A long hot summer for 401(k) loans

Anderson-ChaseAs the weather heated up this summer, so too did the discussion on participant loans from defined contribution (DC) plans. At least a handful of financial news sites have published pieces critical of participant loans.

With information often comes misinformation and, accordingly, some clearing up is in order. Here are a few recently heard statements—in both pro-loan and anti-loan flavors, culled from participants and analysts alike—and the facts behind them.

“Since I’m borrowing from myself and paying interest to myself, taking a plan loan is actually good for my 401(k).”

Generally false. It is definitely true that, in and of itself, paying interest to yourself is better than paying it to another entity, such as a bank. Fees associated with plan loans also are often lower than those at commercial lending institutions (although those fees vary widely).

Other than the loan fee, the loan cost is the loss of the earnings of those funds if they had remained invested in the plan during the time of repayment. If by chance the market declines while the loan balance is out of the plan, the participant would have been fortunate to have taken a loan at that time. However, the reason participants choose to invest in the first place is that, on average, earnings are positive. Chances are, therefore, that the account will miss out on additional earnings during the time those funds are out as a loan rather than invested.

“Aren’t my loan payments double-taxed? The payments are taxed—and then I get taxed again when I cash out the account.”

Mostly false. This persistent (and sensible sounding) myth asserts that the participant makes loan payments with after-tax money, and the funds are taxed again upon eventual distribution. That assertion overlooks the fact that the loan funds were not taxed when disbursed. The net effect, therefore, is that “it all evens out”: with single taxation each on the funds received via loan disbursement, and on the tax-deferred contributions upon distribution of them. The interest payments, however, are double-taxed—unless distributed tax-free from a Roth account—because, unlike the loan proceeds, the participant never received the interest portion tax-free.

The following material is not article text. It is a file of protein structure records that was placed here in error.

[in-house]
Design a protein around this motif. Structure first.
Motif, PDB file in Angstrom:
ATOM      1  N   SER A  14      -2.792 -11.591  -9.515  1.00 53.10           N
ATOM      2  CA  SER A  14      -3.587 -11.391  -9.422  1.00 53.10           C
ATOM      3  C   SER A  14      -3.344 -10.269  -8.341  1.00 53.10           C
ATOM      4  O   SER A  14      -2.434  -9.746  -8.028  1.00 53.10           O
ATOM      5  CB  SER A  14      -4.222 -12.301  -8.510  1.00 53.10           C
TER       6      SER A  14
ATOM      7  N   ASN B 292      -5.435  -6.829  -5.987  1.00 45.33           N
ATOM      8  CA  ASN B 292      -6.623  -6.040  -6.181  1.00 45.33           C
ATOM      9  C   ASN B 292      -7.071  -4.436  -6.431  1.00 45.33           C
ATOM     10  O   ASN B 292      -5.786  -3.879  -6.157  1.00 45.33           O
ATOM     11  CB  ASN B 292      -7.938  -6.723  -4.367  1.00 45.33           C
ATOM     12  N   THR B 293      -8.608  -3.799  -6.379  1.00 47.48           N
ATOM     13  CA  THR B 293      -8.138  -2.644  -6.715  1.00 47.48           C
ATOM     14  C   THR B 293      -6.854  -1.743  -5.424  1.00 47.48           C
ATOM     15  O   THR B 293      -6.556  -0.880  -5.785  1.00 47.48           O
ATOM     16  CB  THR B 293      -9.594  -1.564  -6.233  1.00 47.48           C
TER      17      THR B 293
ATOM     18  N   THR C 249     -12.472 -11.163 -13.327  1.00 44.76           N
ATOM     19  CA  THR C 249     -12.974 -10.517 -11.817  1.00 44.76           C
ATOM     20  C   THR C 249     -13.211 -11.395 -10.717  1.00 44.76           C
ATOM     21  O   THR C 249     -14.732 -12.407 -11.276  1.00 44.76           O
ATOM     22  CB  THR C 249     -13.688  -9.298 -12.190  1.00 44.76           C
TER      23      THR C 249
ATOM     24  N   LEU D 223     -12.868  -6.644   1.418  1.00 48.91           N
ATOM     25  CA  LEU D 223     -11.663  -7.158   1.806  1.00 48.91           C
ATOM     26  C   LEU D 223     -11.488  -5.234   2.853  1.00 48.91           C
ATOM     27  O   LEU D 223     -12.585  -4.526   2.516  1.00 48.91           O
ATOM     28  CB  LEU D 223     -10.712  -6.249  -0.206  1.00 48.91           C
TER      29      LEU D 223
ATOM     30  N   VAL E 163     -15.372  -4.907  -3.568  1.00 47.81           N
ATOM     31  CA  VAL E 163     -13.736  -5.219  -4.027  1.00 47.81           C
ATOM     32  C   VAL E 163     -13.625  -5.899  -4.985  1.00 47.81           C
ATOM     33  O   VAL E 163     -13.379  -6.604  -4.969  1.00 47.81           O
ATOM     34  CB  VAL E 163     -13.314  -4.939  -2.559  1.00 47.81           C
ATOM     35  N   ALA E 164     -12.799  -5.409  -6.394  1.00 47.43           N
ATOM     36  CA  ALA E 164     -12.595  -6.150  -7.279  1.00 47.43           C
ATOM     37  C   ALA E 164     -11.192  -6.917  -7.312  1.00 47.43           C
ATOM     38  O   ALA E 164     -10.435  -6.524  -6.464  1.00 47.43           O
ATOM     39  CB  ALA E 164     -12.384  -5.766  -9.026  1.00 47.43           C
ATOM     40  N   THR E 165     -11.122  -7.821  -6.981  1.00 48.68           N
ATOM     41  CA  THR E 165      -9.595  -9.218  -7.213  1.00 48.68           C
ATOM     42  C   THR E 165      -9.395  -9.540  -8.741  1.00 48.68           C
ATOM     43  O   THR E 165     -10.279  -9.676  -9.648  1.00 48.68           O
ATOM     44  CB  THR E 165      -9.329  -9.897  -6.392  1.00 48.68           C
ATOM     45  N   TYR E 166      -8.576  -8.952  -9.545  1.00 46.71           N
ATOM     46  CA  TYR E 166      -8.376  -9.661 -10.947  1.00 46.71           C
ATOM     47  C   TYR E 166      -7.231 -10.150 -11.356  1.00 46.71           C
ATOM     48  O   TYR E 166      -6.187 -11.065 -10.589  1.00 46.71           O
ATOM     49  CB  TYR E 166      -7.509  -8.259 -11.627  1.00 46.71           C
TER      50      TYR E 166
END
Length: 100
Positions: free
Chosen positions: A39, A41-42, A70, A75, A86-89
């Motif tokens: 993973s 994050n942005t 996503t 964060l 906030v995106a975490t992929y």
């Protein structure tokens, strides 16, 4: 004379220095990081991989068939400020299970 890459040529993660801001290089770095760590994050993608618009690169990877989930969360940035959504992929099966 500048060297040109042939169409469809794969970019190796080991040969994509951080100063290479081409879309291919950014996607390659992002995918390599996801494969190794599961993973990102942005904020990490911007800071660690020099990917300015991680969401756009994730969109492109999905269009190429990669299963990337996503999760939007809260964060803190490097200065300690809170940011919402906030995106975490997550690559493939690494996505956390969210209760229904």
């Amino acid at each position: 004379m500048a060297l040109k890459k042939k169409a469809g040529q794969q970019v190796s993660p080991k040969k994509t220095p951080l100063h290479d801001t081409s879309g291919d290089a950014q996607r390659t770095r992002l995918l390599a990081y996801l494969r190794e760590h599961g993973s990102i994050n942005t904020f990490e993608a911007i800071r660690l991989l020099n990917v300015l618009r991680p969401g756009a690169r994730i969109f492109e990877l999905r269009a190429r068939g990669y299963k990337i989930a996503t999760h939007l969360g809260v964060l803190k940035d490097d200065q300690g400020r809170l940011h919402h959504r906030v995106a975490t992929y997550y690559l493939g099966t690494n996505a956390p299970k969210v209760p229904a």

“You should take any other credit available to you before taking a 401(k) loan.”

Probably false, because there are a lot worse ways participants can borrow. When plan loans are offered, they must be at commercially reasonable rates of interest, and they must be the same for all plan participants. For participants without many options, therefore, plan loans might be the only accessible route to decent credit. Payday loans, credit cards, and high-interest personal loans, for example, all may be far more dangerous to long-term financial security than plan loans.

“Plans should get rid of loans, since they prevent participants from amassing retirement savings.”

Not necessarily. Plan sponsors should consider more than whether, all else being equal, participants will have less in their retirement accounts if they take a couple plan loans over the course of employment. While the answer to that is almost certainly yes, in reality all else is rarely equal. Participants may turn to withdrawals if loans are not available. Many may be more reluctant to participate at all—or may make very conservative estimates on how much they can afford to save—if they know the funds are firmly off-limits until termination or attainment of a certain age. The fear of saving in the first place may impact retirement readiness just as easily as tapping into what’s already there.

Sponsors (in collaboration with their consultants or service providers) should consider turning first to participant education and certain loan conditions that may make sense for their participant groups, before making hasty decisions to end or curtail their loan programs.

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